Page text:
First Work Week!

After a long weekend and a brief party celebration of Purim on a rooftop in Haifa, our first week of practicum began in Akko! We got our hands dirty working on pointing the Ottoman aqueduct and Khan el-Shwarda, had some serious reading regarding the philosophy of conservation, and began our first practical project on the International Conservation Center! Also, we finally got internet in our apartments today! Woo hoo! Now I can finally catch me up on some Walking Dead! Let's check out some photos, shall we?

I do not have any images of us actually working on the aqueduct. I was silly and didn't think about snatching my camera out of my bag. I was too excited to dig in! We mixed together lime mortar and set to work cleaning out the dirt and growth from the sides of the walls. Then we dug in, trowels and spatulas in hand, and filled in the missing mortar! We were severely short on tools and mortar so we ended up having to share tools. Turns out sharing tools can actually bring folks closer together and teaches some good team work when people are willing!

Here are some images from Khan el-Shwarda. A khan is an Ottoman inn. There would be a central courtyard and the bottom level would be designated for the animals and shops. Then there would be an upper story for people to spend the night. There are three khans in Akko, all in pretty bad condition. We were the first people this season to set to work on el-Shwarda! We're pretty much renewing the work from a couple years ago. I will show you some of the work done to the khan before and images of what we were doing this week!

Vaulted ceiling 
Here is part of the khan that has already been restored. They stabilized the pillars because the outside were starting to pull away from the inside. Notice that they had to do some extensive amounts of filling in along the crack in the vault where the two walls were separating. They also used beams to support the two sides of the vault.

Here's Yvonne chipping away at a particularly difficult piece of concrete mortar!
So here's how things start. During the British Mandate, the Brits thought concrete was an excellent choice for refilling (pointing) the mortar between the stones, which are made of sandstone. Unfortunately, the harder concrete actually prevented water from escaping out of the mortar and instead the water decided to wash out the stones themselves. The new preservation plan is to remove the concrete mortar and replace it with lime mortar, which is softer than the sandstone and cheaper to replace. This way the water will instead run through the mortar.

Courtney took a good crack it all too. Actually, we all took turns chipping out the concrete with a chisel and hammer!
Michael was our professional water cleaner guy. That's the official title, by the way. ha!
Once the concrete is removed, we use pressurized water to wash out the dirt and moisten the stones. By wetting the stones, the mortar is more likely to stick to the stones and slows down its setting process. 

Mikhail is peeking out behind the pillar...
 Yay! Clean! The bottom course of stones was repointed some time in the near past and the upper course still has the British concrete. The center course is where we removed the icky concrete!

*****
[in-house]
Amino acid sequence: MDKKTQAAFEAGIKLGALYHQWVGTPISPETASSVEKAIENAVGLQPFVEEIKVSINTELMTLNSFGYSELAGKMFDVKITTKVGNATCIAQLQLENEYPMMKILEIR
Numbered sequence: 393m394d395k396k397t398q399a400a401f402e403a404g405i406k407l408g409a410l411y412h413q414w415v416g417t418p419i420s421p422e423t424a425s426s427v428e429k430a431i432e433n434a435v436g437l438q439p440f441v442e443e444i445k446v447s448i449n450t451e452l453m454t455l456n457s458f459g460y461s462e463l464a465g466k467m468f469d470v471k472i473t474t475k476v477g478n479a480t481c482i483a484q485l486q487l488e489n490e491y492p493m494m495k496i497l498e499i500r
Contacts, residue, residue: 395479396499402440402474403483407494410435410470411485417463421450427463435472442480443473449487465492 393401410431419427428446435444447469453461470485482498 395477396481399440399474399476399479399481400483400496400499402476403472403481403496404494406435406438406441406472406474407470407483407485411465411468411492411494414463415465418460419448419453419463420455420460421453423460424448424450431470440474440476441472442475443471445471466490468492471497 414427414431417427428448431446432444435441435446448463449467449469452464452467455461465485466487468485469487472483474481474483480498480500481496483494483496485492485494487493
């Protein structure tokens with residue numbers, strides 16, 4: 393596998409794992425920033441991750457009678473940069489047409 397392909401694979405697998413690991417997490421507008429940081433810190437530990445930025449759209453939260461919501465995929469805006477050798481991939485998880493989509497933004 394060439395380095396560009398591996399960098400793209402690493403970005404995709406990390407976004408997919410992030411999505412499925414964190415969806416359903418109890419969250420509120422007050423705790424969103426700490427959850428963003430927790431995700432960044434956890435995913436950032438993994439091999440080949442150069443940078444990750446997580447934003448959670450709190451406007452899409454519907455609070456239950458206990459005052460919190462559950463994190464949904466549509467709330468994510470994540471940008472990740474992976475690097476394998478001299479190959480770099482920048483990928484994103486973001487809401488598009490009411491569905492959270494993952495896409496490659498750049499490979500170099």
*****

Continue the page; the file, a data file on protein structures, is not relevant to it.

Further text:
Rikka is having some fun pointing!
Then comes the next fun part: filling in the mortar! Notice the blue tubing. When the pillars were built, the stones only formed an outside structure and inside was open. They would fill in the open area, which actually made the pillar stronger. So when we remove the concrete, sometimes we'll see that no original mortar remains further back and only a completely empty space remains. When we find this, a tube is placed in the hole and mortared around. They will do this on each side of the pillar at each course of stone, or at least every other course. After the entire pillar is repointed, they will pump water into the pillar to clean out all the dirt, remove the tubing, and fill in the holes.

Once we finish pointing the stones, we take a brush and stipple the mortar. Not only is this pleasing and looks more "authentic", it also aerates the mortar more and allows for extra areas for the water to seep in, further encouraging the water to wash away the mortar rather than the sandstone.

Ah, a beautiful finished project!
This same day we were given our practical exercise for the ICC building. It's set in an Ottoman rebuild on top of a Crusader ruin that was reused as hostel, another floor added on, and then purchased, abandoned, and repurchased before the Old Acre Development Company got a hold of it and reappropriated it as the headquarters for the International Conservation Center! Part of its purpose is to be used as a teaching laboratory for its students, so we were each given a part of the building that has some serious issues or special interests! I have been given a section affectionately referred to as "Shelley's corner", because it just so happens to be the area hovering over the director's head in the offices. It is looking like everyone's projects have a single point of issue: water damage, most likely coming from the roof! We are all so excited to get into the projects! We did an initial survey of the damage this week and outlined a basic conservation plan! Over the next few weeks we will be adding to our plan and will then execute the plan in the months to come.

Lastly, I'd like to update a new recruit to our little program. His name is Nutters and he followed someone home one day.

King in da castle!
For some reason he really likes our bathroom...
...and sitting on laps and playing!
We've decided to adopt him and our landlord, Nizar, is absolutely thrilled. He told us how he had a cat when he was growing up and seemed excited to have a little kitty running around again in his home. Yvonne doesn't much care for a dirty cat in the house, but he is an adorable little tyke!

For the future, we all have some serious questions to ask ourselves in our relationship to conservation. Allow me to lay them out for you all here. I came up with these while writing up our first weekly abstract. Everyone will take it in turns to do this, and I was the lucky one to draw first straw. Fantastically, Shelley loved my abstract, so I am confident in sharing my conclusions with you all here now:

How do we decide what is significant enough to be conserved? Where is the balance between conservation and restoration? What is too much and what is not enough? How do we preserve, or should we preserve, the past without implanting our own modern concepts into the original meaning? How can we even know what the original meaning was? These, and questions that will arise in the future, are the building blocks to creating our own personal relationship with conservation.